Italy’s President, 80, Is Recruited To Stay On For 2nd Term

Lawmaker Matteo Salvini, right, speaks to colleagues in the Italian parliament in Rome, Saturday, Jan. 29, 2022, during the seventh round of voting for Italy’s 13th president. The sixth round of voting ended inconclusively on Friday, sending political parties into yet more intense negotiations to come up with a viable candidate to replace President Sergio Mattarella, whose term expires next week. (Remo Casilli/Pool Photo via AP) Remo Casilli AP
Italian President Sergio Mattarella was elected on Saturday night to a second seven-year term as the country’s head of state, ending days of political impasse by party leaders that risked eroding the nation’s credibility.

Earlier on Saturday, lawmakers entreated Mattarella, 80, who had said he didn’t want a second mandate, to change his mind and agree to reelection by lawmakers in Parliament and regional delegates. That move followed days of fruitless efforts by political leaders to reach a consensus on another candidate.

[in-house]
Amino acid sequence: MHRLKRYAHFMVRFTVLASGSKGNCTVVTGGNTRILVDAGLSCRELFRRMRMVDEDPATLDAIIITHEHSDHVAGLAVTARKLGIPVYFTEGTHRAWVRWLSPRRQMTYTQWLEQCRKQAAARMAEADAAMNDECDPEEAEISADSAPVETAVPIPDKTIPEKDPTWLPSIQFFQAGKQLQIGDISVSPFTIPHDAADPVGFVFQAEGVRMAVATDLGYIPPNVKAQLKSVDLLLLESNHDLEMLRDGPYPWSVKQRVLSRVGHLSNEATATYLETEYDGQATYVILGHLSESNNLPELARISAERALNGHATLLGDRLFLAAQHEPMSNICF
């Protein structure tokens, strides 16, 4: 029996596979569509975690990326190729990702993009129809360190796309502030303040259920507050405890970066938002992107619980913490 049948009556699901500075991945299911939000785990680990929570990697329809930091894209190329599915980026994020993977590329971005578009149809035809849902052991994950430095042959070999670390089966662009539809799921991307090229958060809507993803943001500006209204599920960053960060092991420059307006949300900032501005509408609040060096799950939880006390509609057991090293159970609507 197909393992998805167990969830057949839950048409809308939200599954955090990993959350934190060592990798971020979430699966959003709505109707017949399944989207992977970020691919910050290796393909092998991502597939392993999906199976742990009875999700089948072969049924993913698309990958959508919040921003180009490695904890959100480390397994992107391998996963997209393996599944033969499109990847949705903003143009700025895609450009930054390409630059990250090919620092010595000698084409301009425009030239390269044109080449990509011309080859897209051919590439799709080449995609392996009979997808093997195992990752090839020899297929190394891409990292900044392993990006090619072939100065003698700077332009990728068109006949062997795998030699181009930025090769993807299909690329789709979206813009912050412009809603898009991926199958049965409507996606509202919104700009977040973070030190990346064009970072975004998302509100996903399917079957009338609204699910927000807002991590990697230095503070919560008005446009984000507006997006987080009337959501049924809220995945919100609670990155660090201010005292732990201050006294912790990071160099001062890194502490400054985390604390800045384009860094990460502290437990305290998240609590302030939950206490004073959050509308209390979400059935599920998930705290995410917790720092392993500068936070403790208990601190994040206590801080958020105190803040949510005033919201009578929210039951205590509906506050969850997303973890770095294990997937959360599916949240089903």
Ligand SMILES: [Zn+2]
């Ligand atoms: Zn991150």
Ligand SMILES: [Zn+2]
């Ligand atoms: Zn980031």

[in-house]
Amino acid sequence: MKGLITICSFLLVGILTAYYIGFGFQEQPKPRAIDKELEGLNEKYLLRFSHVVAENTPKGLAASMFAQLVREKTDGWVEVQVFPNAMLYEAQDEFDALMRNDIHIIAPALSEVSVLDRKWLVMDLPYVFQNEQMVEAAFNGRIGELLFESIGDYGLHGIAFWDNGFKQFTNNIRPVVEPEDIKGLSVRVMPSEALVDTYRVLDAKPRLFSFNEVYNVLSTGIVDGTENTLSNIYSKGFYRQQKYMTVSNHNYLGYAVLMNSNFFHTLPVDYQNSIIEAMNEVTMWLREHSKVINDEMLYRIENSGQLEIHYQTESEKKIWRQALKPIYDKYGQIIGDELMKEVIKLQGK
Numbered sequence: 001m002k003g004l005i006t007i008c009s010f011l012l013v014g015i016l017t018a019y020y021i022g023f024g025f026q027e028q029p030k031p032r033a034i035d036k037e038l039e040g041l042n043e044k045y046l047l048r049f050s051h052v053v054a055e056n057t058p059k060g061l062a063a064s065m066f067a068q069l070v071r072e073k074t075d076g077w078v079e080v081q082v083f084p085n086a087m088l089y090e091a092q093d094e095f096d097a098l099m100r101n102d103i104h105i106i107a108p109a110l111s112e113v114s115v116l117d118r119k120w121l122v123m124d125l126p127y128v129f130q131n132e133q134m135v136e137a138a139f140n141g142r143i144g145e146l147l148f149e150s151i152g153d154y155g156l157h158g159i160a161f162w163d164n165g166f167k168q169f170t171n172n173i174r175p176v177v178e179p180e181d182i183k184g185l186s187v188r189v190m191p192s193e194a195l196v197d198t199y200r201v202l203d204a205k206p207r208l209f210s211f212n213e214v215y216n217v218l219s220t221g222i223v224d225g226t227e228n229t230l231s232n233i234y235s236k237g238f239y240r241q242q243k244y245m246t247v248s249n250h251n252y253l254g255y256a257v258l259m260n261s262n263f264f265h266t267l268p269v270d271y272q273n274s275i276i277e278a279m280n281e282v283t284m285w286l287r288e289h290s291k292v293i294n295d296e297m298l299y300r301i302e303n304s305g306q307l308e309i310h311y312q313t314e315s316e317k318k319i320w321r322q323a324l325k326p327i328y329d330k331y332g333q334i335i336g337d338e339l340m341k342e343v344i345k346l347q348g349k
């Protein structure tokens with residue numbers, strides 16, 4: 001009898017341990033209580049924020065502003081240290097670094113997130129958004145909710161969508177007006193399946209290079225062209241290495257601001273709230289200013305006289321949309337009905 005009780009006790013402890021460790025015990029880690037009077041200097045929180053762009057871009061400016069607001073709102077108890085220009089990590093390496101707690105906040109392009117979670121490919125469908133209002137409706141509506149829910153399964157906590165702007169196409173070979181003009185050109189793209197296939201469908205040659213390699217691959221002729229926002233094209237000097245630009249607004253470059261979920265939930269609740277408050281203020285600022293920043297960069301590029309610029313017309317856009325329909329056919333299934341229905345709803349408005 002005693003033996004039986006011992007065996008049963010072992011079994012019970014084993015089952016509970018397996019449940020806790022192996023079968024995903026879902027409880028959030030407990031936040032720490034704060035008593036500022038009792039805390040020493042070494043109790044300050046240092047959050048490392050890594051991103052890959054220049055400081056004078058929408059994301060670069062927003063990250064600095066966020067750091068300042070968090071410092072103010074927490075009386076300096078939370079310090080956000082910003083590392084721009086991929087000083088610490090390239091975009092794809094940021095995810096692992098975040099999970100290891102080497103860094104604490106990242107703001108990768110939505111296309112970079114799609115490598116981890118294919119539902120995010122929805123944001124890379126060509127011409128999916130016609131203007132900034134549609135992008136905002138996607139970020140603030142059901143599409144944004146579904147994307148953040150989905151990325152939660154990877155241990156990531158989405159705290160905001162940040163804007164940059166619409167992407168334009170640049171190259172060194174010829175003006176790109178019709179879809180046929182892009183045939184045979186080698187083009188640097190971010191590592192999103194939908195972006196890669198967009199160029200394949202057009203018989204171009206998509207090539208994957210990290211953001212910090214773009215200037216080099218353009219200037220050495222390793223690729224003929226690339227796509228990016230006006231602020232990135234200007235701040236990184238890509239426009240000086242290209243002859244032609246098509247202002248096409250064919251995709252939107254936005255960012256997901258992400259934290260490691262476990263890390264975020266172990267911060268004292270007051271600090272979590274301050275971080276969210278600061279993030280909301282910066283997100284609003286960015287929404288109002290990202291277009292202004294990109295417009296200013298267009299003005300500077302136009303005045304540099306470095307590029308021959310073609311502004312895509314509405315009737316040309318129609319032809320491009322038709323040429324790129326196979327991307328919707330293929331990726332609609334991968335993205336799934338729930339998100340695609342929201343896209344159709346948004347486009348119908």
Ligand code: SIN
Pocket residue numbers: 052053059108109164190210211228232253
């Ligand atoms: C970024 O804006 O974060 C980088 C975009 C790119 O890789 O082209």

Mattarella won in the eighth round of voting when he clinched the minimum of 505 votes needed from the eligible 1,009 Grand Electors. Applause broke out in Parliament, prompting the Chamber of Deputies president to interrupt his reading aloud of the ballots. The count then resumed, with Mattarella continuing on to win 759 votes.

Mattarella’s term ends Feb. 3. Ahead of the presidential election this week, Mattarella repeatedly said he doesn’t want another stint. He even rented an apartment in Rome to prepare for his move from the presidential palace atop Quirinal Hill. But after a seventh round of balloting in six days in Parliament failed to yield any consensus on a presidential candidate, party whips and regional governors visited Mattarella at the presidential palace to solicit his willingness Saturday.

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